Mystery of rising house prices but flat credit

UBS does some great work with mortgage flow data today to uncover the mystery of why some house prices can rise so fast but credit growth remain weak:

With the housing boom now in full flight the questions keep being asked – Why hasn’t housing credit bounced? If it will, when and by how much? To answer these questions we have decomposed mortgage flows (new fundings, redraws, repayments, property sales & refinancings) for the recently completed 2H13. These flows provide an explanation for housing market share winners and losers, and enable much more accurate modelling of credit growth going forward.

New fundings grew 11% in 2H13. But the paydown rate continues to rise.
Across the Majors new fundings (drawn down) rose by 13% to $112bn in 2H13, second only to the 2H09 First Home Buyer’s boom. However, given seasoning of mortgage books and lower rates, the mortgage paydown/run-off rate rose by 1% to 17.2%. This left the Majors’ 2H13 mortgage credit growth subdued at 2.7% (seq).

new fundings

CBA & WBC see funding share recover. ANZ improving in proprietary
CBA & WBC have seen strong improvement in fundings, as may be expected given Sydney is at the centre of the housing boom. This has led to a stabilisation in market share. ANZ has seen an ongoing rise in proprietary sales, reducing its reliance on brokers. While NAB continues to grow fundings above its share of ‘back-book’, its share of new fundings has fallen as other banks have re-engaged.

All banks have seen run-off rates continue to rise. None have seen redraws rise.
The big housing boom will deliver a temporary bounce in credit growth Using this flow model, if: (1) Fundings grow 10% from 2H13 annualised levels (to 40% above the 2011 trough); (2) Run-off rates continue to tick up to 18% given seasoning of books and full period of lower rates; (3) Redraws rise a touch (no material home equity ‘ATM’ effect). Then: (a) Major Bank housing credit growth will reach ~6.5% in FY14E (system ~6.2%); (b) By FY15E even if fundings grow modestly, our models suggest housing credit growth will decelerate unless paydowns fall. ie The FY14E bounce in housing credit will only be temporary.

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Regular readers will know that I’ve been on the lookout for signs that banks are being forced to look beyond deposits to fund accelerating mortgages. One of the reasons we haven’t seen it yet is that the paydown rate has also been growing, freeing up capacity for new lending. But I’m bit surprised at how slow it is relative to the past. A far high percentage of mortgage books were being paid down pre-GFC than post.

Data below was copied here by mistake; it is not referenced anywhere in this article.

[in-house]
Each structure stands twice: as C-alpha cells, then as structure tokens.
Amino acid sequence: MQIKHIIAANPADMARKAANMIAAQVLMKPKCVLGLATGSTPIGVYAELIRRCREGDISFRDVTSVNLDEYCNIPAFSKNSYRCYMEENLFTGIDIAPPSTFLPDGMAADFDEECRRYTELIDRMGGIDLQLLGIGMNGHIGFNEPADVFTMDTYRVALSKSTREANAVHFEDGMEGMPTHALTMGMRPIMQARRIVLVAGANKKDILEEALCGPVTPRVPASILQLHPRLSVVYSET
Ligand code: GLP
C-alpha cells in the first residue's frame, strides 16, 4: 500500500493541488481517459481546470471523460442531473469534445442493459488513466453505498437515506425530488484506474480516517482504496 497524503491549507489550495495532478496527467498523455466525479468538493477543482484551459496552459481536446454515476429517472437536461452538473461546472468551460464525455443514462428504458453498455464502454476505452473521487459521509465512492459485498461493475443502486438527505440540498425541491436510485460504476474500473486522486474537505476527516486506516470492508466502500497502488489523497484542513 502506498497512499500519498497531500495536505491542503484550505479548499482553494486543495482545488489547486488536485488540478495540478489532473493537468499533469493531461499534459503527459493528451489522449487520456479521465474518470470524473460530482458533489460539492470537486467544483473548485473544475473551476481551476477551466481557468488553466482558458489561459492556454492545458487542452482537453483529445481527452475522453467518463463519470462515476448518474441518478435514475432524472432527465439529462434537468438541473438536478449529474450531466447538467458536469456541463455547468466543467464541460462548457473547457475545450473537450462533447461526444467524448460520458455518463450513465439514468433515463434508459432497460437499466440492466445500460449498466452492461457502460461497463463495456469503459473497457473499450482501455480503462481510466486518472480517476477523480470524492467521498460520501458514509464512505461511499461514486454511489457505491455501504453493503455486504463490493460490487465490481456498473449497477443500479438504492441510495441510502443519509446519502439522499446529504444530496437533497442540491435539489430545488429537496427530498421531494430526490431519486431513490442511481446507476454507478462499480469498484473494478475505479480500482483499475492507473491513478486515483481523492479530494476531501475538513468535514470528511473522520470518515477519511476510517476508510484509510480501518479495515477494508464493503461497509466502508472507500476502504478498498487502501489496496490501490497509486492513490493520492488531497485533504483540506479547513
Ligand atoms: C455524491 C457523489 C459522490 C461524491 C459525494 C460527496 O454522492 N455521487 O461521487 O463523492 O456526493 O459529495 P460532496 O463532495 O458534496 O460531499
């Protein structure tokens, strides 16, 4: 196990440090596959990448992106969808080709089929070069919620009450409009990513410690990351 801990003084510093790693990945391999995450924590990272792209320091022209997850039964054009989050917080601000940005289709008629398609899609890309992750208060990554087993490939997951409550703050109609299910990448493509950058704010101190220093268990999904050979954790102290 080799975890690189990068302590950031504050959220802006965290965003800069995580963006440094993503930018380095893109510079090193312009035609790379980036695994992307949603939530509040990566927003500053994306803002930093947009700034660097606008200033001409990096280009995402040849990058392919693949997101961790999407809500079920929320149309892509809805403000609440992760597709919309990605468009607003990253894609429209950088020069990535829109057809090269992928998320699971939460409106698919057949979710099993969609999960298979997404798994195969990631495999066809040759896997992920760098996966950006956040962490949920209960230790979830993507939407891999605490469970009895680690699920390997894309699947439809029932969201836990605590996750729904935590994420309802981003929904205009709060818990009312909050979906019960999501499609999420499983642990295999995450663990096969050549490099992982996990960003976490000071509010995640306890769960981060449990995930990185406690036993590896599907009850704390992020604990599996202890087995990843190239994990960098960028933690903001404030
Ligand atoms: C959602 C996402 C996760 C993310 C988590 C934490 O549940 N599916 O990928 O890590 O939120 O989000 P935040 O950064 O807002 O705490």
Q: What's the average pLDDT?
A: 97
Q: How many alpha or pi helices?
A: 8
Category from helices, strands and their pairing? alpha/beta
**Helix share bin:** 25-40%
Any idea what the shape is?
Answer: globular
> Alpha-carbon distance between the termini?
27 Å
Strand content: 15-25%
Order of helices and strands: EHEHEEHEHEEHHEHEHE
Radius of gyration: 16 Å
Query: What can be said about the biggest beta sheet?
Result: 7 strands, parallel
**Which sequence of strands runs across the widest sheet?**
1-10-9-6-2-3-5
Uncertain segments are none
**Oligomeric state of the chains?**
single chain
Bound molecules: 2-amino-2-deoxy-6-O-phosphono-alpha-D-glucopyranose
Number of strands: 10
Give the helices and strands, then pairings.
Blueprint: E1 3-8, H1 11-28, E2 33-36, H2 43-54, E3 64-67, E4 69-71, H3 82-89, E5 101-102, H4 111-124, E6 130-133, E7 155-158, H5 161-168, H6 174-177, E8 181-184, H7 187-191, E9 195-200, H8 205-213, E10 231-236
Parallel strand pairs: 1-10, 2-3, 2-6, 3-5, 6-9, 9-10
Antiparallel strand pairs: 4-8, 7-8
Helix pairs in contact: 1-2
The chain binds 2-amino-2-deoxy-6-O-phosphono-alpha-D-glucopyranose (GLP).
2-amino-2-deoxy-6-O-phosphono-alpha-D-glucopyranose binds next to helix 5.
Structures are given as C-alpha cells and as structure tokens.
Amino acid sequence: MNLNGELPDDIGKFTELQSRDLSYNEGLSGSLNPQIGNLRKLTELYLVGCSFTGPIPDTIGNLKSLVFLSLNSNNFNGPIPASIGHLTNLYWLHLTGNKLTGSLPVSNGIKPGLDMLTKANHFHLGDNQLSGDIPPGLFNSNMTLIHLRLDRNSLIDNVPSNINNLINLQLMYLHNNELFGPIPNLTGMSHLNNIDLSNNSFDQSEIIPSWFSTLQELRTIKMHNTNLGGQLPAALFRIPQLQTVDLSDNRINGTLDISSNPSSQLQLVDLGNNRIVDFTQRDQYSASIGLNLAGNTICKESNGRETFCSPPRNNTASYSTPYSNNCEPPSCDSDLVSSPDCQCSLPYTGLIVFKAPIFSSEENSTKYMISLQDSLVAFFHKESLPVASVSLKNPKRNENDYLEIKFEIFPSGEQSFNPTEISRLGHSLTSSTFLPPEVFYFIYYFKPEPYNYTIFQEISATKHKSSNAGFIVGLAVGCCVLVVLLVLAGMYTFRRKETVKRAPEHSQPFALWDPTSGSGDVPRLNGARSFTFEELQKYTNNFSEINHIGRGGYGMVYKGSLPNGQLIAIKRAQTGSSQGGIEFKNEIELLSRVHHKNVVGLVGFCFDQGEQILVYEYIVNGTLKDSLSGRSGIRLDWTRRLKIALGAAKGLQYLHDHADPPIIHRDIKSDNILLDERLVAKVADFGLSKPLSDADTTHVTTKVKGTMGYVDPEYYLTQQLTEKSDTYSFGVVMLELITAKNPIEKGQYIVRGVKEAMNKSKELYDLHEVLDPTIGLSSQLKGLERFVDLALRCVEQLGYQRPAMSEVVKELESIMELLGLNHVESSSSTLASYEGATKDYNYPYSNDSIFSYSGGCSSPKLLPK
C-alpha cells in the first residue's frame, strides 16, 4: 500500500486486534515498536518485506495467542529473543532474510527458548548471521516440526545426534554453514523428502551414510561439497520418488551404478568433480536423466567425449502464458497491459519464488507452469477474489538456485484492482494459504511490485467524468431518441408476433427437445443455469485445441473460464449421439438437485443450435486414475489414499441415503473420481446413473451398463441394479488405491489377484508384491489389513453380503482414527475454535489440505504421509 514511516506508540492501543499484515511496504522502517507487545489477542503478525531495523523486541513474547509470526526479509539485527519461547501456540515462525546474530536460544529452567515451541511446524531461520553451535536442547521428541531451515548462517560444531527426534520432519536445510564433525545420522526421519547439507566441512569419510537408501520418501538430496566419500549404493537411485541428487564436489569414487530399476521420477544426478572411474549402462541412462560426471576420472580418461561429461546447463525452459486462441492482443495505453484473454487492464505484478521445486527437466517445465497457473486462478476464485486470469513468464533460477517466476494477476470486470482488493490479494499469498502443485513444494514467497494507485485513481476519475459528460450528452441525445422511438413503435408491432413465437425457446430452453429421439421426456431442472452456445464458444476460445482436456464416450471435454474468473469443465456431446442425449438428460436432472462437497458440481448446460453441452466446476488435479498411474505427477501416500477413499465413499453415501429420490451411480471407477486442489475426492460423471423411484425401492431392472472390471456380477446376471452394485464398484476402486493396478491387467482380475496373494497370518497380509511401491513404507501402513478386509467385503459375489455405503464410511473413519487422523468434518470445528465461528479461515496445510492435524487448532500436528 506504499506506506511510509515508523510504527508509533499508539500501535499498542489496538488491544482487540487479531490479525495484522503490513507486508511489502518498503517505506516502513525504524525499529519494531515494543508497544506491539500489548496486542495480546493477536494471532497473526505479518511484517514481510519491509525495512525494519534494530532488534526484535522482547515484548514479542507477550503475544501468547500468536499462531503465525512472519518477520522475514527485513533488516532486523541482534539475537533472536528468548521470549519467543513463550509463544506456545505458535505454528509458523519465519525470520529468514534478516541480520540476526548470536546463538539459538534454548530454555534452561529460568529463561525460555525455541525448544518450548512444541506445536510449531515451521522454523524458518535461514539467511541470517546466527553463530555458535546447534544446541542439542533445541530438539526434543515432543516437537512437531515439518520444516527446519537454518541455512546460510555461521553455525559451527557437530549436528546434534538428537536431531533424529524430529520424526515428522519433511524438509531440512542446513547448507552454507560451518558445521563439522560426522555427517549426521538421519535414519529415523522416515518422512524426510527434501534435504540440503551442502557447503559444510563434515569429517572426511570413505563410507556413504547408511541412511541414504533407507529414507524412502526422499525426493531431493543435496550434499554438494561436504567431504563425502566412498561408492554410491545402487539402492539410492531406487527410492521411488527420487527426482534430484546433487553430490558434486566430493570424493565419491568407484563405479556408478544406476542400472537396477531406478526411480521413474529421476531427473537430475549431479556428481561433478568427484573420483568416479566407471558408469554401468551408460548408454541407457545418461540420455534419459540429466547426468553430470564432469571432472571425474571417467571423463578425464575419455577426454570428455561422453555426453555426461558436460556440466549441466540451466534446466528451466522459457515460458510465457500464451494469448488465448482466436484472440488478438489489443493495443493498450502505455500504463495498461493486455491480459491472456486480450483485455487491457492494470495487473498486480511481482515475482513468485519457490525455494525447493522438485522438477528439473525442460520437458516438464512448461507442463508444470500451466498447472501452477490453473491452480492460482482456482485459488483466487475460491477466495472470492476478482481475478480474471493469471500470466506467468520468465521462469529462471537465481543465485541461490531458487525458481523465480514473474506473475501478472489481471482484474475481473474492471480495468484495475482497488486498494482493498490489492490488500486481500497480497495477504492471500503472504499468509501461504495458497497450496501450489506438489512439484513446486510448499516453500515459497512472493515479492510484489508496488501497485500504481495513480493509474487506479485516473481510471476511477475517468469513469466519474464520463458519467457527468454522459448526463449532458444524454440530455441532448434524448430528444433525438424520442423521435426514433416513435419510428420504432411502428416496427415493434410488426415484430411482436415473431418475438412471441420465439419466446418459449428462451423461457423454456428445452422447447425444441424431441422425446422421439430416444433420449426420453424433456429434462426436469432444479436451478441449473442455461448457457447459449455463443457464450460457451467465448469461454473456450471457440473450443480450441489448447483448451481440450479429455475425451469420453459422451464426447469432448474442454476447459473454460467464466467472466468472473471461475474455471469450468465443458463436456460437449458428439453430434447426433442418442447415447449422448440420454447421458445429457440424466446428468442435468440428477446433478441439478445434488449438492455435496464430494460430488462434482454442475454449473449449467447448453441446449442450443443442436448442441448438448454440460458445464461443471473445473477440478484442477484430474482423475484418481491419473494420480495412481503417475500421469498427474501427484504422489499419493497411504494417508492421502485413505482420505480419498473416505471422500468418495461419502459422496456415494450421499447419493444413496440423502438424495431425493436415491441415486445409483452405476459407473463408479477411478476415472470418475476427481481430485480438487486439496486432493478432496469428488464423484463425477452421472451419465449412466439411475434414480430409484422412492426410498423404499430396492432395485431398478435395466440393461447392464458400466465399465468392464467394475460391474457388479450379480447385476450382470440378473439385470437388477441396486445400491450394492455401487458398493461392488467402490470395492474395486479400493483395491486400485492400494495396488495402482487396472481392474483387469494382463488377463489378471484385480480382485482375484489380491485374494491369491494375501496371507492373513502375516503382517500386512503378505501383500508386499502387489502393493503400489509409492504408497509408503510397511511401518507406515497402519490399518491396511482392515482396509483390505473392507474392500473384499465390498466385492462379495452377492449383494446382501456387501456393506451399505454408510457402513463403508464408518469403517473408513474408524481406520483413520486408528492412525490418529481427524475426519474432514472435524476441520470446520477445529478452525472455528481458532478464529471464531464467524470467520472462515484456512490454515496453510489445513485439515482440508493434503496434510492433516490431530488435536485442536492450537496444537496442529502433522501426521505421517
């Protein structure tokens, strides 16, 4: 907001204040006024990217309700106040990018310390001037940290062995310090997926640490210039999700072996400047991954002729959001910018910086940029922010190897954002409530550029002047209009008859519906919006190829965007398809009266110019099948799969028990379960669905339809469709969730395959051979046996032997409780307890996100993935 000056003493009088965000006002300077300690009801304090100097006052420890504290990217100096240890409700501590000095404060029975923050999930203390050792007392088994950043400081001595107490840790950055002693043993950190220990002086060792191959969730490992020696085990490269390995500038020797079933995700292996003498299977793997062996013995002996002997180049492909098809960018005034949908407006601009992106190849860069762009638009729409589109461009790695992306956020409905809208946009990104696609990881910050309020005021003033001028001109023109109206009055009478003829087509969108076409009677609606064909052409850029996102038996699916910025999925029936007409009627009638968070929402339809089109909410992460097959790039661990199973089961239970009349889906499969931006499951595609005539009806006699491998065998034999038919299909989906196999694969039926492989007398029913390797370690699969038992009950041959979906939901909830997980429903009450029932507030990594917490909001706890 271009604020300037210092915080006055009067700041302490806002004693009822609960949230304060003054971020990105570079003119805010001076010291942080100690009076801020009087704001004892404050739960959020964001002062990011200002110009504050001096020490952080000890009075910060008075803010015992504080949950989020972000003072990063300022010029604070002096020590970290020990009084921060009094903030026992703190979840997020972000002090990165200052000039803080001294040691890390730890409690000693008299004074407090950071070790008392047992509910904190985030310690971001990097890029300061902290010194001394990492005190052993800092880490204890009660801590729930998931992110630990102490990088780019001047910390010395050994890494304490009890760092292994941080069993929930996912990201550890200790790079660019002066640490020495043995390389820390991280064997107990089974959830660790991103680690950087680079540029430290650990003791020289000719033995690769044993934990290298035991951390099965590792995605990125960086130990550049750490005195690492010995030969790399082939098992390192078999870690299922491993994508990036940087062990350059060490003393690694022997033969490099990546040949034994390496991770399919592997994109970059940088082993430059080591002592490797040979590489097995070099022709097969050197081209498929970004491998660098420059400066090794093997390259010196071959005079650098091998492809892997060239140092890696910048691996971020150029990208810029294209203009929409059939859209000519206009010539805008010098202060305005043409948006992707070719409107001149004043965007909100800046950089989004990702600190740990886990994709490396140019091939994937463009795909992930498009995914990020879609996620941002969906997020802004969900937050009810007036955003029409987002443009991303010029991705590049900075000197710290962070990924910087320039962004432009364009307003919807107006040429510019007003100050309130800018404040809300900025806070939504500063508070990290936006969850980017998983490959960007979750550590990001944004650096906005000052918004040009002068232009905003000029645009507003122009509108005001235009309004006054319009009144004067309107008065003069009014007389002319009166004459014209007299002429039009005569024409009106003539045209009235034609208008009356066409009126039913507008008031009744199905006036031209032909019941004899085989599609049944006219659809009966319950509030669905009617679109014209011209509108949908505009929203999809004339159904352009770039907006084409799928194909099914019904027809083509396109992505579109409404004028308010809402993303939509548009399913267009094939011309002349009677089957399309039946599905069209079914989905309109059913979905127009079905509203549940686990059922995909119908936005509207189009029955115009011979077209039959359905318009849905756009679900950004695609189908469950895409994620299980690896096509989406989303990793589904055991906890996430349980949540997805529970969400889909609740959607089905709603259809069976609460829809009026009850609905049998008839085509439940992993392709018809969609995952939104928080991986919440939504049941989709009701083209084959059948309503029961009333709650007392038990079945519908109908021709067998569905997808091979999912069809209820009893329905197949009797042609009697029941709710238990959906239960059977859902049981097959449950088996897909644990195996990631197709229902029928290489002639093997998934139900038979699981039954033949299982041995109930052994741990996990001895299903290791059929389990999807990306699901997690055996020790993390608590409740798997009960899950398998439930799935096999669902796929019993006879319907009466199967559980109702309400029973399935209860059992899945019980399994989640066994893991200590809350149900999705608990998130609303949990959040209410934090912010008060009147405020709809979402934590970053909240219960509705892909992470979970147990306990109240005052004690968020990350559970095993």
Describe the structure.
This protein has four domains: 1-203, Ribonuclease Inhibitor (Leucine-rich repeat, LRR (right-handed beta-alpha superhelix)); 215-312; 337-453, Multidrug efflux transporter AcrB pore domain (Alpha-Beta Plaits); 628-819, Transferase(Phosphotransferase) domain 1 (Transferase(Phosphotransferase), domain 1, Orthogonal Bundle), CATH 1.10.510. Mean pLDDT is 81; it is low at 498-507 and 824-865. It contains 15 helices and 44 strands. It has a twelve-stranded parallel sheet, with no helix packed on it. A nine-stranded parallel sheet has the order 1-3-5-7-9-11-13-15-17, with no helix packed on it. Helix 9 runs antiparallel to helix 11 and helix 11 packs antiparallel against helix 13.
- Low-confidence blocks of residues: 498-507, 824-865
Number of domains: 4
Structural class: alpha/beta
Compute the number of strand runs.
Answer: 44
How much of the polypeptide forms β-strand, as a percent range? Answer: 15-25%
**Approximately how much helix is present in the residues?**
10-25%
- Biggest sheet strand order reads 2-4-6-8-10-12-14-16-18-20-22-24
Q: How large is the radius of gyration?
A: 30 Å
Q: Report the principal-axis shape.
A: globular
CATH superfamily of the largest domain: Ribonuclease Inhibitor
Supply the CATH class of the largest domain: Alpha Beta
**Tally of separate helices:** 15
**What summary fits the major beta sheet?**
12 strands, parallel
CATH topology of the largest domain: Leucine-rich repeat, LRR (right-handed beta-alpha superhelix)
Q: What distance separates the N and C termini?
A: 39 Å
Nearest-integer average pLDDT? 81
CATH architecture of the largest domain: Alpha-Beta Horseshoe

My guess is that the banks have not been forced to borrow more money to fund new mortgages is because credit growth has fallen even further than paydown rates so the ratio of fundings to paydowns is still lower than the past. I’ve charted the gap roughly speaking:

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This does correspond with the chart of growth in wholesale funding for mortgages, which was slow in 2003-2005 but took off again from 2006-2009. Rough as guts analysis, but it suggests that once the gap reaches around 13%, wholesale dough is needed. Of course we have higher deposit growth now so that figure could be higher today.

UBS concludes:

Taking these factors into account, our fund flow models suggest housing credit growth is likely to accelerate to around 6.5% for the major banks over the next twelve months. Given the major banks are still winning some market share this would imply system housing credit growth of around 6.2%.

However, unless the housing boom continues at current rates through FY15E, it is likely that housing credit growth will peak around this time and again start to slow through FY15E to a still healthy 5.6%. By FY16E our models suggest that housing credit growth is likely to be back to levels in-line or below levels seen over the last twelve months

Therefore, we believe that the current period of very low interest rates is likely to provide a shot of adrenalin to housing credit growth. However, the law-of-large-numbers and a large pool of seasoning mortgages will likely ensure that it is only a short and relatively subdued housing credit growth cycle. The ongoing structural trend of slowing housing credit growth is unlikely to be broken. As a result, we believe business credit growth will need to carry the weight if system credit is to re-accelerate beyond 2014.